NASA OIG Finds Pervasive Problems With JPL Cybersecurity

NASA OIG: Cybersecurity Management and Oversight at the Jet Propulsion Laboratory

"Multiple IT security control weaknesses reduce JPL's ability to prevent, detect, and mitigate attacks targeting its systems and networks, thereby exposing NASA systems and data to exploitation by cyber criminals. ... We also found that security problem log tickets, created in the ITSDB when a potential or actual IT system security vulnerability is identified, were not resolved for extended periods of time - sometimes longer than 180 days. ... Further, we found that multiple JPL incident management and response practices deviate from NASA and recommended industry practices. ... Finally, while the contract between NASA and Caltech requires JPL to report certain types of IT security incidents to the Agency through the NASA SOC incident management system, no controls were in place to ensure JPL compliance with this requirement nor did NASA officials have access to JPL's incident management system. Collectively, these weaknesses leave NASA data and systems at risk. Despite these significant concerns, the contract NASA signed with Caltech in October 2018 to manage JPL for at least the next 5 years left important IT security requirements unresolved and instead both sides agreed to continue negotiating these issues. As of March 2019, the Agency had not approved JPL's plans to implement new IT security policies and requirements NASA included in its October 2018 contract."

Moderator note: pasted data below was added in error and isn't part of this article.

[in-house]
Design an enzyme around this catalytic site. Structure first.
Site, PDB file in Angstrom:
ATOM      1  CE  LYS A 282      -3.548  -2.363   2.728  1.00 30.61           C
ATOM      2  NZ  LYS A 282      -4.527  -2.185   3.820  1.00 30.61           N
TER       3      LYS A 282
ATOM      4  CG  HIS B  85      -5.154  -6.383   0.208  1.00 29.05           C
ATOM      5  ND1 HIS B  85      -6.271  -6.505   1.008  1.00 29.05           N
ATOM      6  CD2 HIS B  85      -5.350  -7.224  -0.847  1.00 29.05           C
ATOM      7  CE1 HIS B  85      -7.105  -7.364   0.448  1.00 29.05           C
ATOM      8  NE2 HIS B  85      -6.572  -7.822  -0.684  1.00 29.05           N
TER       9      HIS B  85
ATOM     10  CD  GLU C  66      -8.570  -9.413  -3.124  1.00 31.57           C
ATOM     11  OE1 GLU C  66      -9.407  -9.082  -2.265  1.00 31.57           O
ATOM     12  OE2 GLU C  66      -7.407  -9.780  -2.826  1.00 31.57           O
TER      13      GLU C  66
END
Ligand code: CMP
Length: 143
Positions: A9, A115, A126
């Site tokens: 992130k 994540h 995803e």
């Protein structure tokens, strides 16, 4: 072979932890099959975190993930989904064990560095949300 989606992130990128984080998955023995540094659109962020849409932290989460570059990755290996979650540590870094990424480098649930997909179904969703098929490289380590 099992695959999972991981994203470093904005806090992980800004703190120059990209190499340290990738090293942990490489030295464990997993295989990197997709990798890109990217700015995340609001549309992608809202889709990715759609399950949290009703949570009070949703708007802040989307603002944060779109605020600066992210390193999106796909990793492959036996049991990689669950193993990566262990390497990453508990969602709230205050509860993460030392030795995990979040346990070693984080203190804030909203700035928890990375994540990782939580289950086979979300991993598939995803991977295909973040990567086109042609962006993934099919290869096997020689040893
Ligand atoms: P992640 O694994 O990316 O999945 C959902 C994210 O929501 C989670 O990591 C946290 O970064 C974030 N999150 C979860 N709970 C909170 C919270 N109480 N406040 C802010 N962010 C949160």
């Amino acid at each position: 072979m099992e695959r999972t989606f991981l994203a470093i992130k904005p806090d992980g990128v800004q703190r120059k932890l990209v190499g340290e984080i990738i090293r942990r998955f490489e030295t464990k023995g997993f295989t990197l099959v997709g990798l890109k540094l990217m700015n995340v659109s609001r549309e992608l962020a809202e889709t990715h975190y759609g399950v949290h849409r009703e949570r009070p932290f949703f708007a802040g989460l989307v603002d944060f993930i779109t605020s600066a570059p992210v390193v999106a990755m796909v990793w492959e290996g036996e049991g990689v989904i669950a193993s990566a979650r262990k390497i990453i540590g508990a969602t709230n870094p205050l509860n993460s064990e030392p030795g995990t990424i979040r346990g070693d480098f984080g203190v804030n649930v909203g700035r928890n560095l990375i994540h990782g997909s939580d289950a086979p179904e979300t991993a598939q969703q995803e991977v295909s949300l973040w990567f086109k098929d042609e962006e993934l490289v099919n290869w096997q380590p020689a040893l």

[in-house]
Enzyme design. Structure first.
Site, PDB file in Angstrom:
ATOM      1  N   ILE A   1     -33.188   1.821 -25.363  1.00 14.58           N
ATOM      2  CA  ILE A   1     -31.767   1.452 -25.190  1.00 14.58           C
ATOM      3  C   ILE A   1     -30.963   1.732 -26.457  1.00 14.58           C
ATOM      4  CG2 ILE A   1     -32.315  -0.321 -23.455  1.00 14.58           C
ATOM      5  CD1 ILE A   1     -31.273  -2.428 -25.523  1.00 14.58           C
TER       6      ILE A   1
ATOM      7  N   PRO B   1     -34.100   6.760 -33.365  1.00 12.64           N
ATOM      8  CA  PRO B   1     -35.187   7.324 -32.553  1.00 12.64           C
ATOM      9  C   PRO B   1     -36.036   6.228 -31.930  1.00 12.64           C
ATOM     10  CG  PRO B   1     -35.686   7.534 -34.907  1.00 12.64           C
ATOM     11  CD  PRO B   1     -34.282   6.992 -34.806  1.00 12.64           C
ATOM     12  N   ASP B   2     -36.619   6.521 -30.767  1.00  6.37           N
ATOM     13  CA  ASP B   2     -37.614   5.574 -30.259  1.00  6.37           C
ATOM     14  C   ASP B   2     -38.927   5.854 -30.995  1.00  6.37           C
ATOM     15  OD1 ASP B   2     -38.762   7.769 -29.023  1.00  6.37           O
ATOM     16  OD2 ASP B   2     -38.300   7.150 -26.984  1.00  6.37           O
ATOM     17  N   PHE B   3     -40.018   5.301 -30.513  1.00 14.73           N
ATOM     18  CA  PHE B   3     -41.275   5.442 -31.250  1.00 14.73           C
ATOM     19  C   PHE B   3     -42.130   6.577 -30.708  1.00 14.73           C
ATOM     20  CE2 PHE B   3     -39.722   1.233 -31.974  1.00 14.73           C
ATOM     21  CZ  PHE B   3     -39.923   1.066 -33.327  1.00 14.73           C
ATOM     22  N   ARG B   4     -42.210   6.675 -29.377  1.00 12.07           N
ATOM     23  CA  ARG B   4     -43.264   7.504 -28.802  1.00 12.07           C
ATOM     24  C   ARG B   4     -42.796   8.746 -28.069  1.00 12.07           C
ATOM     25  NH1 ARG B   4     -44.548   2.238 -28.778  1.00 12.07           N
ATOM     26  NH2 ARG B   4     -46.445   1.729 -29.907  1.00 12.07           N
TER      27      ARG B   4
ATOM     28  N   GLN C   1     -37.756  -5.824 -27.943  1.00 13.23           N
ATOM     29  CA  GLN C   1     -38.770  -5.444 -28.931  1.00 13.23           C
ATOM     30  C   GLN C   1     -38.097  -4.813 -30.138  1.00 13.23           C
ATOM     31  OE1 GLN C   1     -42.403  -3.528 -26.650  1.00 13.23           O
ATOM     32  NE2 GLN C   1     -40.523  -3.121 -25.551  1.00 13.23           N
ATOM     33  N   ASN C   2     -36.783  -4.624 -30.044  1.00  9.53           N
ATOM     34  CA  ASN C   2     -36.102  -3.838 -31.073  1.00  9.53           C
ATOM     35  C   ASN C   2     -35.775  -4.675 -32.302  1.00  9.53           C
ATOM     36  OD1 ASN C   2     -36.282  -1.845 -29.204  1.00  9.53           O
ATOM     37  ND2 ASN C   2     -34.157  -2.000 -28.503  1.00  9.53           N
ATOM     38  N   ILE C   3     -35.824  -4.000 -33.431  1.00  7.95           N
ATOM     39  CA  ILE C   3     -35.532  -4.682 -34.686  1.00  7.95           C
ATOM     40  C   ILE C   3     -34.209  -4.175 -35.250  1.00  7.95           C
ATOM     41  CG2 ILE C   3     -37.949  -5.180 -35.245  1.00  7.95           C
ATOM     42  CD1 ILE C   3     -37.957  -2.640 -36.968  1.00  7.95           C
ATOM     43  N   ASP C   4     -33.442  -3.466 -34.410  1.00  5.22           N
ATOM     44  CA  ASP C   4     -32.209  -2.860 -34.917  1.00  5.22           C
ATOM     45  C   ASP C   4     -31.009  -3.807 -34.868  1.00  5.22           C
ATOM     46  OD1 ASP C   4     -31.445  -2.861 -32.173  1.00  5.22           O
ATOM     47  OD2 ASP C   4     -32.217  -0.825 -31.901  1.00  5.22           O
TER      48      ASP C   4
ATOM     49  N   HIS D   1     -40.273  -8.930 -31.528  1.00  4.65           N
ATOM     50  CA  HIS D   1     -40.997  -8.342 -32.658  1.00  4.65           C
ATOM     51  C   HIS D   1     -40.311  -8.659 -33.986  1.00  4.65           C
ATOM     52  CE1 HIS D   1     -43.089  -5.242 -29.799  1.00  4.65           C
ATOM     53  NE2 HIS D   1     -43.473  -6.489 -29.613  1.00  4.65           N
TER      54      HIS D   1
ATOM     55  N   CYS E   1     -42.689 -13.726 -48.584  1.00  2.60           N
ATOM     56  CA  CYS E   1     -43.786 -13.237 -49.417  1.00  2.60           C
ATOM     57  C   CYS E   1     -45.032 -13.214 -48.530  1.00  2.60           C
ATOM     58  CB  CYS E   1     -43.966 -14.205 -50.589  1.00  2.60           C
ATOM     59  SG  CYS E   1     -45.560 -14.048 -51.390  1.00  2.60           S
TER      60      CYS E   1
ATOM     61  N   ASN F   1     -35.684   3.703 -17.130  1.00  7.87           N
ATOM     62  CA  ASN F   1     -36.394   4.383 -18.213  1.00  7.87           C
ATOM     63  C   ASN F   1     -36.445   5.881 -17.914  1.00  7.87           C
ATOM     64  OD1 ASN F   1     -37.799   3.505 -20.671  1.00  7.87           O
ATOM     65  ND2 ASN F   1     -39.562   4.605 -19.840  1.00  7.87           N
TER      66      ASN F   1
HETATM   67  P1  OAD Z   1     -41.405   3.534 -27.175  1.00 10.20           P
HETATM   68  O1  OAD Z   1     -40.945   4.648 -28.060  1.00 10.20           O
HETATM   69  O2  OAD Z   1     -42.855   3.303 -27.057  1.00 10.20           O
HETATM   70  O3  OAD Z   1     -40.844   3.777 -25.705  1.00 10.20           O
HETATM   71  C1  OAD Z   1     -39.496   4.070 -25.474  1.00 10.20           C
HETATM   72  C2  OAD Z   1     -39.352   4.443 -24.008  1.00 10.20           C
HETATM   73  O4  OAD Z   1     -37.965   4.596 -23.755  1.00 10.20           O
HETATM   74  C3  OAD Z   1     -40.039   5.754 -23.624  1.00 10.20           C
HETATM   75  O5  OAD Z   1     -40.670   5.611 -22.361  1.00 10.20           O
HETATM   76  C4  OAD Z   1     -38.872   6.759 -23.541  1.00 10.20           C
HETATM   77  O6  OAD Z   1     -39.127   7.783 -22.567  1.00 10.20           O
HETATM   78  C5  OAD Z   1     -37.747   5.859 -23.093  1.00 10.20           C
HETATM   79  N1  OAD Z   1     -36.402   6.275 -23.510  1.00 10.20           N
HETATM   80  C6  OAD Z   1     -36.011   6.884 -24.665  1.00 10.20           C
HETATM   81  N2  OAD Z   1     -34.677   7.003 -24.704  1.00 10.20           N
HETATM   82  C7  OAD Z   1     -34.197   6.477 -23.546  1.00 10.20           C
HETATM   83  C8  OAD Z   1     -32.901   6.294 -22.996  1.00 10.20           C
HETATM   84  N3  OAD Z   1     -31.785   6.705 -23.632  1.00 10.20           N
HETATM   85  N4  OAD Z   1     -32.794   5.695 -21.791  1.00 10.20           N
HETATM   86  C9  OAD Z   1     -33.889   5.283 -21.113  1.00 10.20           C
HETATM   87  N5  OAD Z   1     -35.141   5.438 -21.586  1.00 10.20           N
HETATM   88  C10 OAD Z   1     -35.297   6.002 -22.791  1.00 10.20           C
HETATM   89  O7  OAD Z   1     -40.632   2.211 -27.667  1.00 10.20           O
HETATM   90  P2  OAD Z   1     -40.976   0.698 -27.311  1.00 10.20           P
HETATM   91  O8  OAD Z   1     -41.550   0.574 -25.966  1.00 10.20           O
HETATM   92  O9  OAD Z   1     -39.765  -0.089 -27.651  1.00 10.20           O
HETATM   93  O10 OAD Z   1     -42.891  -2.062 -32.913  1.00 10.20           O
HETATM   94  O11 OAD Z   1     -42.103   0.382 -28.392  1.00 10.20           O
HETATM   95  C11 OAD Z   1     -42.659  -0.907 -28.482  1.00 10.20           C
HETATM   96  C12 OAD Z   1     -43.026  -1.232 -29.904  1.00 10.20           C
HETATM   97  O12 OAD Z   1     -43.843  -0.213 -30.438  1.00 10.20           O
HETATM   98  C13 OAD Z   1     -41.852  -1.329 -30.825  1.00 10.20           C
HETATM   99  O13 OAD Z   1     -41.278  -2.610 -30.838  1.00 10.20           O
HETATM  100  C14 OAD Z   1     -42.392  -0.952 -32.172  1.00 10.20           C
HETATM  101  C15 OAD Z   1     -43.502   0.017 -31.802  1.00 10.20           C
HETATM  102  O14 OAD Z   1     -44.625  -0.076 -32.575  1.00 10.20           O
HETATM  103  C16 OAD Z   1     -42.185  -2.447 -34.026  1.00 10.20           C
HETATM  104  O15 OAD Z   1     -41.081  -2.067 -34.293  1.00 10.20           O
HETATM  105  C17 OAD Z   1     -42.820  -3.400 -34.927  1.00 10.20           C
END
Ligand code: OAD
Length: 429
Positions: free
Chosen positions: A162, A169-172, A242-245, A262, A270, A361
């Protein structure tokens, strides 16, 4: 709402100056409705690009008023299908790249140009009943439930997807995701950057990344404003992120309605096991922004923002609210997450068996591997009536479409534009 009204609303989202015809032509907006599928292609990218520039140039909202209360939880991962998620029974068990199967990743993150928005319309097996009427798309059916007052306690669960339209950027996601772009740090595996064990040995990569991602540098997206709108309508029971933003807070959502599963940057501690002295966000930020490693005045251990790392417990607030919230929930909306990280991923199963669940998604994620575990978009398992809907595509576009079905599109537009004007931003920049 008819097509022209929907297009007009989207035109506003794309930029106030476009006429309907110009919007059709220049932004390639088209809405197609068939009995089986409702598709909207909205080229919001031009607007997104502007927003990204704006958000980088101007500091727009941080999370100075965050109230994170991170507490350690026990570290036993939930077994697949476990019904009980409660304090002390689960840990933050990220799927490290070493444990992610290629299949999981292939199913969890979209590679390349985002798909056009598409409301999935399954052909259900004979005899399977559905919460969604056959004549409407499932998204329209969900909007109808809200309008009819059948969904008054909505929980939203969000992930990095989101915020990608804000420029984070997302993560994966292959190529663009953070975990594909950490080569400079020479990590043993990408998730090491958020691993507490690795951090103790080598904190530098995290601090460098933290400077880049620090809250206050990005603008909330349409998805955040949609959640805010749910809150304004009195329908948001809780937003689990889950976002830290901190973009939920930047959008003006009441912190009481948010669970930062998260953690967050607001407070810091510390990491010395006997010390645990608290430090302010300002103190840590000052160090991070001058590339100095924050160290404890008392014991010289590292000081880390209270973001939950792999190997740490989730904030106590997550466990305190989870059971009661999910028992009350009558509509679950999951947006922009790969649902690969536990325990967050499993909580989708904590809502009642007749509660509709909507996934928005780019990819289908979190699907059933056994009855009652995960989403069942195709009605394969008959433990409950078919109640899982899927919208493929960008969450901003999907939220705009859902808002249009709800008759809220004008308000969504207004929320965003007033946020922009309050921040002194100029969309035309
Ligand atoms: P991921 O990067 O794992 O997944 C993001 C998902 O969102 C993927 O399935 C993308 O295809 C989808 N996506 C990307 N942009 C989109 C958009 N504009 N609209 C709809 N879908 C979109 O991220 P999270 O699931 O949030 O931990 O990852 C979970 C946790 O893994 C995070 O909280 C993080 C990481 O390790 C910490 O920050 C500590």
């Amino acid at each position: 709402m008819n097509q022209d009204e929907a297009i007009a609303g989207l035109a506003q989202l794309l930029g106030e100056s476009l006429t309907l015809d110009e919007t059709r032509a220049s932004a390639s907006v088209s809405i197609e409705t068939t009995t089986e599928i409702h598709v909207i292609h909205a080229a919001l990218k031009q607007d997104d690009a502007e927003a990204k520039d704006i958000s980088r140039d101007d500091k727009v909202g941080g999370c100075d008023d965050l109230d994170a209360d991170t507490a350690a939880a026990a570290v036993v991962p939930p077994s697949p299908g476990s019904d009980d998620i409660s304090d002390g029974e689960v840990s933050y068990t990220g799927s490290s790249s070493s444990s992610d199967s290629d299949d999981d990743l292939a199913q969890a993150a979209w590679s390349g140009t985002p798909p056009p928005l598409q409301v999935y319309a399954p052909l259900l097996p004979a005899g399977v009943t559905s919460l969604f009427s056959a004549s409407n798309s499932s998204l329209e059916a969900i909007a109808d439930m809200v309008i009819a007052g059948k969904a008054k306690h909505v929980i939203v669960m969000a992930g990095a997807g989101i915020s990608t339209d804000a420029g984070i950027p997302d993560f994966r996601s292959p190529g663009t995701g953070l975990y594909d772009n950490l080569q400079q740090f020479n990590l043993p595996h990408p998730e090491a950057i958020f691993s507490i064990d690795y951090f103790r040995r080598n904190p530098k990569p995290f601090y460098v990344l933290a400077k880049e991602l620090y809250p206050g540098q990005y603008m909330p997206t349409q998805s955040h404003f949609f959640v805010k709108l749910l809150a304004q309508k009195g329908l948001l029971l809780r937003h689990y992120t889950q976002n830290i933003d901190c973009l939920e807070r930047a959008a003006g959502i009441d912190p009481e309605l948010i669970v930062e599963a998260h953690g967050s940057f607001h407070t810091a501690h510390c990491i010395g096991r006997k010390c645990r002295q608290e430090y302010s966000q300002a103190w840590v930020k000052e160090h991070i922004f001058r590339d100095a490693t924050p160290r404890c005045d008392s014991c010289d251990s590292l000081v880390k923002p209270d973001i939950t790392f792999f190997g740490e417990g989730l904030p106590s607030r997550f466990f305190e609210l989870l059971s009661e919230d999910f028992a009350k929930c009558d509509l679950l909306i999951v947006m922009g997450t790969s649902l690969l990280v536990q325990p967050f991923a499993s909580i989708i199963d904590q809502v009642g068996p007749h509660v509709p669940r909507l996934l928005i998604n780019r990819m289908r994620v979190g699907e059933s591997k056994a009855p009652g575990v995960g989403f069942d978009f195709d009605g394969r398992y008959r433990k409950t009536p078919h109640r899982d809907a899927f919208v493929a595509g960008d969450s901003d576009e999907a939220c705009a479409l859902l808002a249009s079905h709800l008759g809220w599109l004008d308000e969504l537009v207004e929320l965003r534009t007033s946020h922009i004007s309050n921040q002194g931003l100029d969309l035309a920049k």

NASA Needs A New Chief Information Officer, earlier post

"NASA's CIO has been asleep at the wheel for years. Its time for a reboot."

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This page contains a single entry by Keith Cowing published on June 18, 2019 12:28 PM.

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